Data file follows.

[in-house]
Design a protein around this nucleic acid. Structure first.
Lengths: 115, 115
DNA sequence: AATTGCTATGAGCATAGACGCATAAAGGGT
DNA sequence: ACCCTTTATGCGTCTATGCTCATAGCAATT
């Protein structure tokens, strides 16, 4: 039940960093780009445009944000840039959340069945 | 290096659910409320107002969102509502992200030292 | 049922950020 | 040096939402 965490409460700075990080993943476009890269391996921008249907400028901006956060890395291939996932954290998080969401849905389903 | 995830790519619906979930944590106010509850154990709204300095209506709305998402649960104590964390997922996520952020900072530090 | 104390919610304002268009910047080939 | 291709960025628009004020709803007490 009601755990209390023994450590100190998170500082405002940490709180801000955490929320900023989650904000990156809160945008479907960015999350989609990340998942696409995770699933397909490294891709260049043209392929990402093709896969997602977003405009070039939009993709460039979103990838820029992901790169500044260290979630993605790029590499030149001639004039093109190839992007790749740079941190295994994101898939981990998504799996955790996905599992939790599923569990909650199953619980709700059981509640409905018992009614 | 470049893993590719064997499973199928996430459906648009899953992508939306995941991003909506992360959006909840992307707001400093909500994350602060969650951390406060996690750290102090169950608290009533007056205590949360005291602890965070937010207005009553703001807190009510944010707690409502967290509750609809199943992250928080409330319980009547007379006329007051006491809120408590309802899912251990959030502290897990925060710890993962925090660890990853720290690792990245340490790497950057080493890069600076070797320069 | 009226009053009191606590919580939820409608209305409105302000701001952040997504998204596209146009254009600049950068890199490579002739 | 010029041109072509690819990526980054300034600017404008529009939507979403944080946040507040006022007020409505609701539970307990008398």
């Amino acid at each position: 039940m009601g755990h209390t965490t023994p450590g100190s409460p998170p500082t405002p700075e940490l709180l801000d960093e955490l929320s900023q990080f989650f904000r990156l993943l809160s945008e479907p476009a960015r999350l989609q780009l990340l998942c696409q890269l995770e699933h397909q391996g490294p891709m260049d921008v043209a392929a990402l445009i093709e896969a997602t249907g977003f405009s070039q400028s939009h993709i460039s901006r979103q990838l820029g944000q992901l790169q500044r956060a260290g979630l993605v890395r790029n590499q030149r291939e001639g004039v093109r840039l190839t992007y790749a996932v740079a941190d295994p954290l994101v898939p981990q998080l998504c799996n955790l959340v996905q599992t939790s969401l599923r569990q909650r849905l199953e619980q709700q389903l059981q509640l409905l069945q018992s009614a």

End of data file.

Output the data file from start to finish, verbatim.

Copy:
[in-house]
Design a protein around this nucleic acid. Structure first.
Lengths: 115, 115
DNA sequence: AATTGCTATGAGCATAGACGCATAAAGGGT
DNA sequence: ACCCTTTATGCGTCTATGCTCATAGCAATT
């Protein structure tokens, strides 16, 4: 039940960093780009445009944000840039959340069945 | 290096659910409320107002969102509502992200030292 | 049922950020 | 040096939402 965490409460700075990080993943476009890269391996921008249907400028901006956060890395291939996932954290998080969401849905389903 | 995830790519619906979930944590106010509850154990709204300095209506709305998402649960104590964390997922996520952020900072530090 | 104390919610304002268009910047080939 | 291709960025628009004020709803007490 009601755990209390023994450590100190998170500082405002940490709180801000955490929320900023989650904000990156809160945008479907960015999350989609990340998942696409995770699933397909490294891709260049043209392929990402093709896969997602977003405009070039939009993709460039979103990838820029992901790169500044260290979630993605790029590499030149001639004039093109190839992007790749740079941190295994994101898939981990998504799996955790996905599992939790599923569990909650199953619980709700059981509640409905018992009614 | 470049893993590719064997499973199928996430459906648009899953992508939306995941991003909506992360959006909840992307707001400093909500994350602060969650951390406060996690750290102090169950608290009533007056205590949360005291602890965070937010207005009553703001807190009510944010707690409502967290509750609809199943992250928080409330319980009547007379006329007051006491809120408590309802899912251990959030502290897990925060710890993962925090660890990853720290690792990245340490790497950057080493890069600076070797320069 | 009226009053009191606590919580939820409608209305409105302000701001952040997504998204596209146009254009600049950068890199490579002739 | 010029041109072509690819990526980054300034600017404008529009939507979403944080946040507040006022007020409505609701539970307990008398």
């Amino acid at each position: 039940m009601g755990h209390t965490t023994p450590g100190s409460p998170p500082t405002p700075e940490l709180l801000d960093e955490l929320s900023q990080f989650f904000r990156l993943l809160s945008e479907p476009a960015r999350l989609q780009l990340l998942c696409q890269l995770e699933h397909q391996g490294p891709m260049d921008v043209a392929a990402l445009i093709e896969a997602t249907g977003f405009s070039q400028s939009h993709i460039s901006r979103q990838l820029g944000q992901l790169q500044r956060a260290g979630l993605v890395r790029n590499q030149r291939e001639g004039v093109r840039l190839t992007y790749a996932v740079a941190d295994p954290l994101v898939p981990q998080l998504c799996n955790l959340v996905q599992t939790s969401l599923r569990q909650r849905l199953e619980q709700q389903l059981q509640l409905l069945q018992s009614a």